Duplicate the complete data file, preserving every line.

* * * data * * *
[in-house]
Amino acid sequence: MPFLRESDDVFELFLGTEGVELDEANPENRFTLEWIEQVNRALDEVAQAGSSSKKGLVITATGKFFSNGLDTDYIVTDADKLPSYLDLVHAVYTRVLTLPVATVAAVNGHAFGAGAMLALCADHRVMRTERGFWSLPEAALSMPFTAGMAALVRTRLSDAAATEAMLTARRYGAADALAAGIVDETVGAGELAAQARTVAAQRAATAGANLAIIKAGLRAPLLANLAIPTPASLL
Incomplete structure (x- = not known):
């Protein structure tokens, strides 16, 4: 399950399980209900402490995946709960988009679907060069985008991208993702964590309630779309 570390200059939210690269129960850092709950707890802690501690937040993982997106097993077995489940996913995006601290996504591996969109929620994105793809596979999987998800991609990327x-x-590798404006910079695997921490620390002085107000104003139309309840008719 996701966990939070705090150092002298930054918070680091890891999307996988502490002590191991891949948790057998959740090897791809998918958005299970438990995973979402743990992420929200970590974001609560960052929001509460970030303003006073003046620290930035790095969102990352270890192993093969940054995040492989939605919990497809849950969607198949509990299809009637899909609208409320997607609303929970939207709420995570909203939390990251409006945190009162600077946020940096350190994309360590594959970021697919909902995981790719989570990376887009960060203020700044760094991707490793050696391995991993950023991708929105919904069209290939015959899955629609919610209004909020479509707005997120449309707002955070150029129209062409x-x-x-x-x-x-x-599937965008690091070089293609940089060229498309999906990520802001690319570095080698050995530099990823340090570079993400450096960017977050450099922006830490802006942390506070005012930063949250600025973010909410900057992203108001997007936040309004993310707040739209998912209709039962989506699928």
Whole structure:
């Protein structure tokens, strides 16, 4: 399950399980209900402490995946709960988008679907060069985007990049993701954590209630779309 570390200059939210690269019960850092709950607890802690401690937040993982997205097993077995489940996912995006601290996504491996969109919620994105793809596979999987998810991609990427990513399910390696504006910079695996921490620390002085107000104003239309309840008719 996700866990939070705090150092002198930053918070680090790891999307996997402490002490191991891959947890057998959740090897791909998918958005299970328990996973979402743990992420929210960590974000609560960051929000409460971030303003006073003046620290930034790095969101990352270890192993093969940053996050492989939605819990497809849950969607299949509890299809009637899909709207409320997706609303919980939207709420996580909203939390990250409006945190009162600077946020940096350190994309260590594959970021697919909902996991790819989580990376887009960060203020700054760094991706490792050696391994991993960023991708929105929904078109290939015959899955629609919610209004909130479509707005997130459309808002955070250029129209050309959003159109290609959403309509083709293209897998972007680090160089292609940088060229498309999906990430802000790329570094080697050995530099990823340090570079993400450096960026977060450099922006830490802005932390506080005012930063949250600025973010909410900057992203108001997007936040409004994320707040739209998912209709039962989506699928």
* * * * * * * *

[in-house]
Amino acid sequence: MPFLRESDDVFELFLGTEGVELDEANPENRFTLEWIEQVNRALDEVAQAGSSSKKGLVITATGKFFSNGLDTDYIVTDADKLPSYLDLVHAVYTRVLTLPVATVAAVNGHAFGAGAMLALCADHRVMRTERGFWSLPEAALSMPFTAGMAALVRTRLSDAAATEAMLTARRYGAADALAAGIVDETVGAGELAAQARTVAAQRAATAGANLAIIKAGLRAPLLANLAIPTPASLL
Incomplete structure (x- = not known):
């Protein structure tokens, strides 16, 4: 399950399980209900402490995946709960988009679907060069985008991208993702964590309630779309 570390200059939210690269129960850092709950707890802690501690937040993982997106097993077995489940996913995006601290996504591996969109929620994105793809596979999987998800991609990327x-x-590798404006910079695997921490620390002085107000104003139309309840008719 996701966990939070705090150092002298930054918070680091890891999307996988502490002590191991891949948790057998959740090897791809998918958005299970438990995973979402743990992420929200970590974001609560960052929001509460970030303003006073003046620290930035790095969102990352270890192993093969940054995040492989939605919990497809849950969607198949509990299809009637899909609208409320997607609303929970939207709420995570909203939390990251409006945190009162600077946020940096350190994309360590594959970021697919909902995981790719989570990376887009960060203020700044760094991707490793050696391995991993950023991708929105919904069209290939015959899955629609919610209004909020479509707005997120449309707002955070150029129209062409x-x-x-x-x-x-x-599937965008690091070089293609940089060229498309999906990520802001690319570095080698050995530099990823340090570079993400450096960017977050450099922006830490802006942390506070005012930063949250600025973010909410900057992203108001997007936040309004993310707040739209998912209709039962989506699928």
Whole structure:
């Protein structure tokens, strides 16, 4: 399950399980209900402490995946709960988008679907060069985007990049993701954590209630779309 570390200059939210690269019960850092709950607890802690401690937040993982997205097993077995489940996912995006601290996504491996969109919620994105793809596979999987998810991609990427990513399910390696504006910079695996921490620390002085107000104003239309309840008719 996700866990939070705090150092002198930053918070680090790891999307996997402490002490191991891959947890057998959740090897791909998918958005299970328990996973979402743990992420929210960590974000609560960051929000409460971030303003006073003046620290930034790095969101990352270890192993093969940053996050492989939605819990497809849950969607299949509890299809009637899909709207409320997706609303919980939207709420996580909203939390990250409006945190009162600077946020940096350190994309260590594959970021697919909902996991790819989580990376887009960060203020700054760094991706490792050696391994991993960023991708929105929904078109290939015959899955629609919610209004909130479509707005997130459309808002955070250029129209050309959003159109290609959403309509083709293209897998972007680090160089292609940088060229498309999906990430802000790329570094080697050995530099990823340090570079993400450096960026977060450099922006830490802005932390506080005012930063949250600025973010909410900057992203108001997007936040409004994320707040739209998912209709039962989506699928």